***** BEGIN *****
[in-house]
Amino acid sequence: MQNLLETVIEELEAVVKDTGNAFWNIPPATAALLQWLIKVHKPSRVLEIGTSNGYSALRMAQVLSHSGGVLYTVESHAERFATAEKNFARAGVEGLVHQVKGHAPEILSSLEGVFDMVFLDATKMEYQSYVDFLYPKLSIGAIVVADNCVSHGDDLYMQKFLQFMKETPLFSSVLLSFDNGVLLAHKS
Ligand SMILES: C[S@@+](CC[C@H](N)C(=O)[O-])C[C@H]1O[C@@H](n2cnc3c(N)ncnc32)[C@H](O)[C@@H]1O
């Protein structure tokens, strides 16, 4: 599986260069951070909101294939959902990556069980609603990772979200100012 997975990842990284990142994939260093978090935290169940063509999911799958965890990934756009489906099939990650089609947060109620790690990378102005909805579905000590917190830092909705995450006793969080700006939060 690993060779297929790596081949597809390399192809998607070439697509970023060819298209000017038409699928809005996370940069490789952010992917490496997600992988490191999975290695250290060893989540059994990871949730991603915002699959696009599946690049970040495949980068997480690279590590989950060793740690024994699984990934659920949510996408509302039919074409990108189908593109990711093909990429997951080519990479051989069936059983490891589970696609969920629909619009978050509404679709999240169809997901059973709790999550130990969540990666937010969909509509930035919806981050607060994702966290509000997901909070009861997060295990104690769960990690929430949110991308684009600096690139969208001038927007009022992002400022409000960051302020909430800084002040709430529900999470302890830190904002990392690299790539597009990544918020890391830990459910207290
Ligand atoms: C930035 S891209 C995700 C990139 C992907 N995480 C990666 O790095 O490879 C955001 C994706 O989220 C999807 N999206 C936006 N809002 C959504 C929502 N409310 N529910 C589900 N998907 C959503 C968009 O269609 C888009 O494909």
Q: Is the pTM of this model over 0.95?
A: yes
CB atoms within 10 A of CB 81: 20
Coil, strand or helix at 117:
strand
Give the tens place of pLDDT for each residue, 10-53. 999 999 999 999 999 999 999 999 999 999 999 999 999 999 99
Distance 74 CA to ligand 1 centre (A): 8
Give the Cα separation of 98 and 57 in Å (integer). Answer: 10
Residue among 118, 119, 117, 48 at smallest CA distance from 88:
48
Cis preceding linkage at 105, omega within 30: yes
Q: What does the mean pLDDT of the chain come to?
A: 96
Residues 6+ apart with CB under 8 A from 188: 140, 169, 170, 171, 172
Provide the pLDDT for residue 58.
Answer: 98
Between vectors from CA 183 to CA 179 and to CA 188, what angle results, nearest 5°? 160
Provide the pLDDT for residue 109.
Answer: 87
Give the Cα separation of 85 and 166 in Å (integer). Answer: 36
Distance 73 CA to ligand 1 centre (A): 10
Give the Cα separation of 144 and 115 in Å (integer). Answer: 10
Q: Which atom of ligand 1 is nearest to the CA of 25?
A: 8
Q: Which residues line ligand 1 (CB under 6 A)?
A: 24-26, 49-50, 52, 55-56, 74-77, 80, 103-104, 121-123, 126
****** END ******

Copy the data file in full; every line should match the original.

[in-house]
Amino acid sequence: MQNLLETVIEELEAVVKDTGNAFWNIPPATAALLQWLIKVHKPSRVLEIGTSNGYSALRMAQVLSHSGGVLYTVESHAERFATAEKNFARAGVEGLVHQVKGHAPEILSSLEGVFDMVFLDATKMEYQSYVDFLYPKLSIGAIVVADNCVSHGDDLYMQKFLQFMKETPLFSSVLLSFDNGVLLAHKS
Ligand SMILES: C[S@@+](CC[C@H](N)C(=O)[O-])C[C@H]1O[C@@H](n2cnc3c(N)ncnc32)[C@H](O)[C@@H]1O
């Protein structure tokens, strides 16, 4: 599986260069951070909101294939959902990556069980609603990772979200100012 997975990842990284990142994939260093978090935290169940063509999911799958965890990934756009489906099939990650089609947060109620790690990378102005909805579905000590917190830092909705995450006793969080700006939060 690993060779297929790596081949597809390399192809998607070439697509970023060819298209000017038409699928809005996370940069490789952010992917490496997600992988490191999975290695250290060893989540059994990871949730991603915002699959696009599946690049970040495949980068997480690279590590989950060793740690024994699984990934659920949510996408509302039919074409990108189908593109990711093909990429997951080519990479051989069936059983490891589970696609969920629909619009978050509404679709999240169809997901059973709790999550130990969540990666937010969909509509930035919806981050607060994702966290509000997901909070009861997060295990104690769960990690929430949110991308684009600096690139969208001038927007009022992002400022409000960051302020909430800084002040709430529900999470302890830190904002990392690299790539597009990544918020890391830990459910207290
Ligand atoms: C930035 S891209 C995700 C990139 C992907 N995480 C990666 O790095 O490879 C955001 C994706 O989220 C999807 N999206 C936006 N809002 C959504 C929502 N409310 N529910 C589900 N998907 C959503 C968009 O269609 C888009 O494909």
Q: Is the pTM of this model over 0.95?
A: yes
CB atoms within 10 A of CB 81: 20
Coil, strand or helix at 117:
strand
Give the tens place of pLDDT for each residue, 10-53. 999 999 999 999 999 999 999 999 999 999 999 999 999 999 99
Distance 74 CA to ligand 1 centre (A): 8
Give the Cα separation of 98 and 57 in Å (integer). Answer: 10
Residue among 118, 119, 117, 48 at smallest CA distance from 88:
48
Cis preceding linkage at 105, omega within 30: yes
Q: What does the mean pLDDT of the chain come to?
A: 96
Residues 6+ apart with CB under 8 A from 188: 140, 169, 170, 171, 172
Provide the pLDDT for residue 58.
Answer: 98
Between vectors from CA 183 to CA 179 and to CA 188, what angle results, nearest 5°? 160
Provide the pLDDT for residue 109.
Answer: 87
Give the Cα separation of 85 and 166 in Å (integer). Answer: 36
Distance 73 CA to ligand 1 centre (A): 10
Give the Cα separation of 144 and 115 in Å (integer). Answer: 10
Q: Which atom of ligand 1 is nearest to the CA of 25?
A: 8
Q: Which residues line ligand 1 (CB under 6 A)?
A: 24-26, 49-50, 52, 55-56, 74-77, 80, 103-104, 121-123, 126